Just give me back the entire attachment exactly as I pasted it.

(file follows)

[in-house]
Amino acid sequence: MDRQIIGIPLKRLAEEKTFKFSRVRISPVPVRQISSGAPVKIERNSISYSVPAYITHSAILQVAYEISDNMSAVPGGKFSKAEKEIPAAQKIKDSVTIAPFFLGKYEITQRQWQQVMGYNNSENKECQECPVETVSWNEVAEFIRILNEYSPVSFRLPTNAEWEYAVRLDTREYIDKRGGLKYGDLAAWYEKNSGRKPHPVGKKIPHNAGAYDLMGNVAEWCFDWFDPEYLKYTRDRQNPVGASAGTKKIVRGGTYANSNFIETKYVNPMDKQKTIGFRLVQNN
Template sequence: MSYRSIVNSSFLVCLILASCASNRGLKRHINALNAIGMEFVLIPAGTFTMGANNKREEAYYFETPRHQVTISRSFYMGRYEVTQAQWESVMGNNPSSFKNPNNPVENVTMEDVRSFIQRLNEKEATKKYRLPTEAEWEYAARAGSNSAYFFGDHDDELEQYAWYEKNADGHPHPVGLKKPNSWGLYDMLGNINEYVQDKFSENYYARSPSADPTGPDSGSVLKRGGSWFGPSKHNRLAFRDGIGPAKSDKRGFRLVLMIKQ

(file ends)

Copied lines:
[in-house]
Amino acid sequence: MDRQIIGIPLKRLAEEKTFKFSRVRISPVPVRQISSGAPVKIERNSISYSVPAYITHSAILQVAYEISDNMSAVPGGKFSKAEKEIPAAQKIKDSVTIAPFFLGKYEITQRQWQQVMGYNNSENKECQECPVETVSWNEVAEFIRILNEYSPVSFRLPTNAEWEYAVRLDTREYIDKRGGLKYGDLAAWYEKNSGRKPHPVGKKIPHNAGAYDLMGNVAEWCFDWFDPEYLKYTRDRQNPVGASAGTKKIVRGGTYANSNFIETKYVNPMDKQKTIGFRLVQNN
Template sequence: MSYRSIVNSSFLVCLILASCASNRGLKRHINALNAIGMEFVLIPAGTFTMGANNKREEAYYFETPRHQVTISRSFYMGRYEVTQAQWESVMGNNPSSFKNPNNPVENVTMEDVRSFIQRLNEKEATKKYRLPTEAEWEYAARAGSNSAYFFGDHDDELEQYAWYEKNADGHPHPVGLKKPNSWGLYDMLGNINEYVQDKFSENYYARSPSADPTGPDSGSVLKRGGSWFGPSKHNRLAFRDGIGPAKSDKRGFRLVLMIKQ